Significantly, brand protection, or brand integrity, is one of the most important aspects in franchising. Intellectual property (IP) laws and IP protection are significant for the industry to thrive, he believes. This can be an issue in Vietnam and its legal framework needs to be strengthened, which can affect the confidence of international brands about expanding in Vietnam. A lack of knowledge among and preparation by Vietnamese enterprises about IP protection also creates problems for them in franchising both in Vietnam and overseas. “Improvements in IP would be welcomed by the franchise and business community,” Mr. Ngo said.
Looking ahead, Mr. Ngo suspects that some of the weaker franchises will exit Vietnam, others will prosper, and many new franchises will arrive in 2018. “We expect to see growth in the franchise sector as a whole,” he said. The industry will continue to see fast growing demand in F&B, education, retail, and, to some extent, even services, which is similar in other emerging markets in Asia. Ms. Van, meanwhile, believes key sectors will remain F&B, retail, and education, with longer-term prospects available for corporate and personal services in the next three years.
For those seeking to franchise Vietnamese brands overseas, Mr. Ngo suggested their top priority be to franchise the brand successfully in Vietnam. Entering and managing an entry into foreign markets is ten times more difficult and Vietnamese franchisors often vastly underestimate the amount of effort and cost involved in making foreign expansions profitable for both the franchisor and franchisee. “We would highly recommend the use of experienced and proven franchise consultants to assist younger franchise brands grow inside and outside of Vietnam,” he said.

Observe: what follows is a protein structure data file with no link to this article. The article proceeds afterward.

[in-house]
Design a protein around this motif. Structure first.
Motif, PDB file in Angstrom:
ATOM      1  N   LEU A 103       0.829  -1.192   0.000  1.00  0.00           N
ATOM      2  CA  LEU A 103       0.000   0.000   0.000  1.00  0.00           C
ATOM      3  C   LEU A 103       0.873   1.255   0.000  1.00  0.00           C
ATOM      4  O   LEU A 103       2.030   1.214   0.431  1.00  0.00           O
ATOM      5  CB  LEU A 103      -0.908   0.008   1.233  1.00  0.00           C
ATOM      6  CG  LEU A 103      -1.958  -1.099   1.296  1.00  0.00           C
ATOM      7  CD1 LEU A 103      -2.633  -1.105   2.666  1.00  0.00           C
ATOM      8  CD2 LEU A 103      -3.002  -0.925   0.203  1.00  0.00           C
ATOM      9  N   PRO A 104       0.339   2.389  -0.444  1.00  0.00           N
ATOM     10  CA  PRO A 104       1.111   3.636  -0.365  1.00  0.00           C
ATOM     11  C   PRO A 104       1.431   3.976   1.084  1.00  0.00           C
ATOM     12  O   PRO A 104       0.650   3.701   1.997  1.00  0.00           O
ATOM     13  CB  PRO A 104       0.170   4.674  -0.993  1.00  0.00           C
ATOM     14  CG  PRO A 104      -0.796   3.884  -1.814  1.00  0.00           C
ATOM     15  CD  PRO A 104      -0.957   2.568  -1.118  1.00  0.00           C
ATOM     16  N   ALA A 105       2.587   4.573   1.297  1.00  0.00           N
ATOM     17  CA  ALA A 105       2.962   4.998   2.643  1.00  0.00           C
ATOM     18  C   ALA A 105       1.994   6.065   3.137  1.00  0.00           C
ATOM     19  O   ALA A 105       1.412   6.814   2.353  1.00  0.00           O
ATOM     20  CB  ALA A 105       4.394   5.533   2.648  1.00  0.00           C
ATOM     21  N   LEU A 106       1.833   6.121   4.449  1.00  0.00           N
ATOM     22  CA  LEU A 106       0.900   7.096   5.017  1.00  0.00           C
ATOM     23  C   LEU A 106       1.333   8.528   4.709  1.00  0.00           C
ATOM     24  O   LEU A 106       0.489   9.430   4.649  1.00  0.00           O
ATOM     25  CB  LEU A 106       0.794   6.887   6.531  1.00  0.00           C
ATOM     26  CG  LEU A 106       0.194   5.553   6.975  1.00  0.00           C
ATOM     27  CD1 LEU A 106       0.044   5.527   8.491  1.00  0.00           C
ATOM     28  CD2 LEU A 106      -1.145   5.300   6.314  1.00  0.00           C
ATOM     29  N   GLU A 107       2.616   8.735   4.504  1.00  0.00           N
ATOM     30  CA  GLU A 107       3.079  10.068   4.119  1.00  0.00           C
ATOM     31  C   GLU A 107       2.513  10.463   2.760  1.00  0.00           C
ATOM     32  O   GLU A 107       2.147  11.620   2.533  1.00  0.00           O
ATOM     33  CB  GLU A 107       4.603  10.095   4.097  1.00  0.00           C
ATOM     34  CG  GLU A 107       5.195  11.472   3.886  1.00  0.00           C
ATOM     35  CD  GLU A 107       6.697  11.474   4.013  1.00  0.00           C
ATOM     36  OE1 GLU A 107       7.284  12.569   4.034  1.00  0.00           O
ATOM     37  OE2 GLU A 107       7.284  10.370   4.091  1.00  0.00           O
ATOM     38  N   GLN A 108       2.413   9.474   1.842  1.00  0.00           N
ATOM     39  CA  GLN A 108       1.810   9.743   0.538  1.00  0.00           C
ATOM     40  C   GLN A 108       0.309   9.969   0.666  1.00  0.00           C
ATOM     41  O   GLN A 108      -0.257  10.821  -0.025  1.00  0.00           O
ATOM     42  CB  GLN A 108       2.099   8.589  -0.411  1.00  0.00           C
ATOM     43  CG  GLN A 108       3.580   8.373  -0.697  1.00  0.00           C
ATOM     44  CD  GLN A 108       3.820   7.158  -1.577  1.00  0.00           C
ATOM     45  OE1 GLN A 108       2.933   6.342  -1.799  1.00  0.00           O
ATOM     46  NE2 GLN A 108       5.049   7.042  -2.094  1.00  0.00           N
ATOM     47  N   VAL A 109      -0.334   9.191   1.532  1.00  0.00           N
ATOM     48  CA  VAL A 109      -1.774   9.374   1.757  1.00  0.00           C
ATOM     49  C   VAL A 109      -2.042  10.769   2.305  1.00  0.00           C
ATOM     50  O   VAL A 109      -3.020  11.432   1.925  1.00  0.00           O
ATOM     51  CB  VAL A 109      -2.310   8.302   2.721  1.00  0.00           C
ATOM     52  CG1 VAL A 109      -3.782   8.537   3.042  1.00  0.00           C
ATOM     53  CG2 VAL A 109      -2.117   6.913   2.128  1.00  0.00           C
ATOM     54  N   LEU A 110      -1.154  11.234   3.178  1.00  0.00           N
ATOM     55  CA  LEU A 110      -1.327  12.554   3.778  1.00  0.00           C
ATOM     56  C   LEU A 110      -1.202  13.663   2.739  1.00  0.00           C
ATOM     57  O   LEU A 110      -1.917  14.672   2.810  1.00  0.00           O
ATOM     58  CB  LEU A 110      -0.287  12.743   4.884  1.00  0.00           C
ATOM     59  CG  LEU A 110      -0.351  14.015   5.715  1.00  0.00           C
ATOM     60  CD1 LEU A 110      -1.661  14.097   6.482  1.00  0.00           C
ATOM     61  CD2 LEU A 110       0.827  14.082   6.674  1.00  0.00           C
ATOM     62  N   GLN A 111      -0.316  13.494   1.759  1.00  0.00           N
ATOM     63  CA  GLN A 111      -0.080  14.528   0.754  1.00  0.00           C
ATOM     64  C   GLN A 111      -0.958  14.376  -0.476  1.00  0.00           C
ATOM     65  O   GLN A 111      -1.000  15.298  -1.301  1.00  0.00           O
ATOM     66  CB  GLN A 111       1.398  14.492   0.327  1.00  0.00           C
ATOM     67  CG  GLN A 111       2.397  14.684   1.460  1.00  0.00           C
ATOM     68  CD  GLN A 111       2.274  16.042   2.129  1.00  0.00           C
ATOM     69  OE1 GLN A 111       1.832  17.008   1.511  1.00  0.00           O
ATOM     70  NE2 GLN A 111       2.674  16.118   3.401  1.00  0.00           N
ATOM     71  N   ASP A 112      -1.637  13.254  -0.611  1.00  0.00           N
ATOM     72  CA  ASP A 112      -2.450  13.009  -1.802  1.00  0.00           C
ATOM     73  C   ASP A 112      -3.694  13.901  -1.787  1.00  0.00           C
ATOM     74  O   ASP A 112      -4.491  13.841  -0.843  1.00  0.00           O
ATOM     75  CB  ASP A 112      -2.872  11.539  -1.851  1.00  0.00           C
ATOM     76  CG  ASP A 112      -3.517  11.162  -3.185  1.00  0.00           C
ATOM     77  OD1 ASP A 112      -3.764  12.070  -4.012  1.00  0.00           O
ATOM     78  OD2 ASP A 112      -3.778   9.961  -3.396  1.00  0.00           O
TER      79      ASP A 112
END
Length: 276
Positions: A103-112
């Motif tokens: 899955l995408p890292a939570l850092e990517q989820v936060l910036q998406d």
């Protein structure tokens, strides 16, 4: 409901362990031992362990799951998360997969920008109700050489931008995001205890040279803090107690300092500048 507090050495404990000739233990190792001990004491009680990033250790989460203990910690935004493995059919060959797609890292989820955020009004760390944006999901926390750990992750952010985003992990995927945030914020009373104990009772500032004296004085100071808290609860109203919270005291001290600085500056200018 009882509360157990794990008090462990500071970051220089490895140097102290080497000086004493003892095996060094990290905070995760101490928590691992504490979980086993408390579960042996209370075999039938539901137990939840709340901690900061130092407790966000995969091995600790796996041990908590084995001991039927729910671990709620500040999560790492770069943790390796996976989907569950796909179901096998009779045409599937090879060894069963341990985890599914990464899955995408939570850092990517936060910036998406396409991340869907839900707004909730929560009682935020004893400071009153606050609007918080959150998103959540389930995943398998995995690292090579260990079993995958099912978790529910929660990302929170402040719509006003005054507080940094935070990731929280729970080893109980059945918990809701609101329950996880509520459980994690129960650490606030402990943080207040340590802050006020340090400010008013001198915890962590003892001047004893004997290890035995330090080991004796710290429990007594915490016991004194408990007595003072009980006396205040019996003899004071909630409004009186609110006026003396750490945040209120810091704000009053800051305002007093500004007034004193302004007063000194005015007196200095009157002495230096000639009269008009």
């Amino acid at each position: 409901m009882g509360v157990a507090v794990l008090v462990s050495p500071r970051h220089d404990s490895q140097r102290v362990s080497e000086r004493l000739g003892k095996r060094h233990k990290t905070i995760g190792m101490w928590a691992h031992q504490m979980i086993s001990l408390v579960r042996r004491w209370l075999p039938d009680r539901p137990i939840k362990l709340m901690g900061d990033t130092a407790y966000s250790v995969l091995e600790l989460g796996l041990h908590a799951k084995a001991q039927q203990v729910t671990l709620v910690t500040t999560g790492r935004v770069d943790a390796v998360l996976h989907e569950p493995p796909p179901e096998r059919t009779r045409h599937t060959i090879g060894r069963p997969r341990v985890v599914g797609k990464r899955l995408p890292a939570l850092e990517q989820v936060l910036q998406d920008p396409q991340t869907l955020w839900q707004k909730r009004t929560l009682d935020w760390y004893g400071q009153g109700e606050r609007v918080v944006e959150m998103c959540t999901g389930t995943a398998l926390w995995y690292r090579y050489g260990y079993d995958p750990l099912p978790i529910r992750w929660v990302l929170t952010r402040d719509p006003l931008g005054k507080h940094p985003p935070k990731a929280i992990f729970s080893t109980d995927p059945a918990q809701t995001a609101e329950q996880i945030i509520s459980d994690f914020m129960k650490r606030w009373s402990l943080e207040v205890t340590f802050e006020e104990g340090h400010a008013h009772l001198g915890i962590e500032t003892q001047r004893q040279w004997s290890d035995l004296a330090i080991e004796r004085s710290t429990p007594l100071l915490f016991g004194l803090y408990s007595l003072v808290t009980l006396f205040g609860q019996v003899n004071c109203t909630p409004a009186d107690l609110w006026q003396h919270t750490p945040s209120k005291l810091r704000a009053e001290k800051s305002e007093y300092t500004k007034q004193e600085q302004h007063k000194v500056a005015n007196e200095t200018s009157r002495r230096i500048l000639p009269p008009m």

Meanwhile, Ms. Van recommended that Vietnamese enterprises view franchises as an investment for sustainable growth and not as a cheap way to get rich quick. They should consider three steps: restructuring their current operations and remodeling, building franchise support foundations, and piloting franchising projects and refining their approach.
As Mr. Ngo said, selecting a franchise or a franchisee is the most important step in ensuring the success of a franchise in any country. A poor franchisor or poor franchisee will ultimately make the franchise unsuccessful. “Franchisors and franchisees should utilize experienced franchise consultants who can assist in ensuring the match is optimal and hopefully profitable for both parties,” he said.
By Minh Do – Vietnam Economic Times